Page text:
‘Skills Match is an interactive website for different types of people and organisations interested in connecting young Londoners to London’s jobs. It is an online resource that allows an exploration of the dynamic between skills supply and employer demand (at Level 3 and below) in London.’
Skills Match was funded through a successful bid to the Open Data Breakthrough Fund from the Department for Business, Innovation and Skills and the Cabinet Office. The development of Skills Match was brought about by the need to address specific issues, namely: youth unemployment; skills shortages/deficits; skills mismatches; and the lack of good, local skills supply data.
The target audience for Skills Match is careers advisers, schools, colleges, planners, policy makers and employers.
Skills Match provides analysis of skills gaps (expansion and replacement demand) and trends (projected jobs over time) in a visually engaging way.
Summary of analysis provided by Skills Match
The Skills Match website provides analysis of:
Skills Match uses LMI for All (principally Working Futures) to drive the analysis of likely trends in the London labour market by occupation and qualification level. Other datasets that contribute to Skills Match are:
Click here to see screenshots of LMI for All working on Skills Match.
As Skills Match was funded through the Open Data Breakthrough Fund (made available to enable open data release and ease of access to open data), Skills Match was developed largely with open data sources, including LMI for All.
Critical to the development of Skills Match was linking and standardising skills and labour market datasets. LMI for All had already connected and standardised existing sources of labour market information, so it was an ideal dataset to contribute to the development of Skills Match.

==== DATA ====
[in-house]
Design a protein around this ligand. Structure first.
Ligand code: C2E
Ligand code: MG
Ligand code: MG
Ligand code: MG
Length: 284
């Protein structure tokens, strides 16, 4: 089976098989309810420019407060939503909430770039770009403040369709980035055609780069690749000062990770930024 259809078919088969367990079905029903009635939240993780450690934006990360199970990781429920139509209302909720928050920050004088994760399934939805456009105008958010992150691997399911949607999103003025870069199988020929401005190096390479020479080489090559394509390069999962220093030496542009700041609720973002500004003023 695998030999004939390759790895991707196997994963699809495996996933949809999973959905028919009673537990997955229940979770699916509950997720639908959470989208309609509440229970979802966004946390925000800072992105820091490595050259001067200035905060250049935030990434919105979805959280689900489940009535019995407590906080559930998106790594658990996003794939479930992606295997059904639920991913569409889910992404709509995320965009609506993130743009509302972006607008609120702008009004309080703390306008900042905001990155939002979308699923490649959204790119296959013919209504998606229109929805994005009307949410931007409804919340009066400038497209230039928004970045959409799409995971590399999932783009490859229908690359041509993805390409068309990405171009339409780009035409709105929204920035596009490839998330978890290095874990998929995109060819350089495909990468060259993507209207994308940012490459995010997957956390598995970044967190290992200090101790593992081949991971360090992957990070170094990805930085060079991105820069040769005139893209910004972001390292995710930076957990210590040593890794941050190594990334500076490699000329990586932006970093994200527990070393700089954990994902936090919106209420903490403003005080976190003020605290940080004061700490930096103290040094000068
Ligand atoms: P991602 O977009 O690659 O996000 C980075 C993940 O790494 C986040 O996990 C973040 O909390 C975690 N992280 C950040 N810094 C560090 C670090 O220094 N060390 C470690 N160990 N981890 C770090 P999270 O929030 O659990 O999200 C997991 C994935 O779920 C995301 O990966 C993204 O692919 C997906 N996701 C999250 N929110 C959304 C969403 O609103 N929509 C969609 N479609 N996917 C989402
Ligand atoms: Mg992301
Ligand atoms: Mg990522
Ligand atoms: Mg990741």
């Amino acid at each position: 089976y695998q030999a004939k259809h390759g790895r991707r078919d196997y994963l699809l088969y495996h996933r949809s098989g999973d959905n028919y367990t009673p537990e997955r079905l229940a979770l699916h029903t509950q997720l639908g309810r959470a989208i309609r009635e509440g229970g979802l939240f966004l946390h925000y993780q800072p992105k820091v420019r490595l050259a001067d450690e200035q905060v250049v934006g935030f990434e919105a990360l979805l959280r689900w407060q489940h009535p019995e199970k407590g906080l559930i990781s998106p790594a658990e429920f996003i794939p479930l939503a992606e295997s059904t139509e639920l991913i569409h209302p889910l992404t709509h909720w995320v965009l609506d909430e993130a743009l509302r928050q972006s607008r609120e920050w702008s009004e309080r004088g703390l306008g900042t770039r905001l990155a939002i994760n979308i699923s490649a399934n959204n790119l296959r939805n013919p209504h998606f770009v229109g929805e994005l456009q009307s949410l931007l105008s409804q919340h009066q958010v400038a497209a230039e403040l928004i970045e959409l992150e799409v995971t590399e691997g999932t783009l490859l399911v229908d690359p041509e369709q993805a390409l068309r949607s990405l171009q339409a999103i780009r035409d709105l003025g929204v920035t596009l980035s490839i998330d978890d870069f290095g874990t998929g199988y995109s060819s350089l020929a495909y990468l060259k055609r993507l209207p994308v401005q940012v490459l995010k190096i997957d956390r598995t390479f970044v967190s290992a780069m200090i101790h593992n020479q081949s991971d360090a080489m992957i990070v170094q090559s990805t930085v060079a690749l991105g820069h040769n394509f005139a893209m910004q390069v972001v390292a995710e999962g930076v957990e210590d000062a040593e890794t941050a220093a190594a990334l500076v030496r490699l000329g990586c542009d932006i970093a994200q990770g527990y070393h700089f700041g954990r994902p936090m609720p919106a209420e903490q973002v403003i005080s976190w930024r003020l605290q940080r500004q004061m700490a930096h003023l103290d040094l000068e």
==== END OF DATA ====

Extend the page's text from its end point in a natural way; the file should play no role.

Additionally, LMI for All provided access to an extensive set of labour market information and was specifically geared towards applications designers that were attempting to address transitions issues into and through the labour market.
The project team set out the questions that needed to be tackled, that is:
Based on the above, MIME Consulting built a multi-levelled theoretical data model then looked at different data sources to match the model. The team initially explored two different, existing jobs data feeds, but the way the data was codified was not useful, and there were data quality issues.
With LMI for All, the team found that the way the data was codified could be more easily matched to the skills data that was being used from the National Pupil Database and the Individual Learner Record, although it was still a significant job to make the match.
As there was no pre-existing mapping of subjects to occupation codes, the team had to produce its own mapping of Sector Subject Area (SSA) 3 course codes to Standard Occupational Classification (SOC) 4 occupation codes. This was done on the basis of word similarities, as well as research into the nature of particular courses.
Since there are 369 SOC codes and only 130 SSA3 codes, most subjects mapped to multiple occupations. Where one job code mapped to more than one subject area, the demand for jobs was apportioned evenly between subject areas. In practice this will be an oversimplification, but there is no hard data available showing exactly how the codes should be apportioned.
When exploring LMI for All, the team found that ‘region’ was the lowest level of available data, yet local authority level data was key to the Skills Match specification. To address this, the team used zone information available in the 2011 census.
GLA Economics data (for overall job projections and replacement demand) was also used as it provides London level analysis that takes account of the London context (for example, housing and population growth), which does not feature in nationally produced datasets. The team also needed to ensure that Skills Match complemented the London economy ‘story’ that the GLA Economics analysis sets out.
Forecasting analysis tools have to tread the line between art and science with the skill of a mountain goat, so data credibility is essential.
LMI for All provided the team with comprehensive, robust and nationally recognised data sources, which in turn provided Skills Match with credibility.
The team would like to apply the next wave of UKCES (Working Futures) modelled data to the site (and update the latest skills data from the Department for Education and the Skills Funding Agency).
The team is also interested in modelling higher level data for jobs at Level 4 and above using Higher Education data in addition to LMI for All.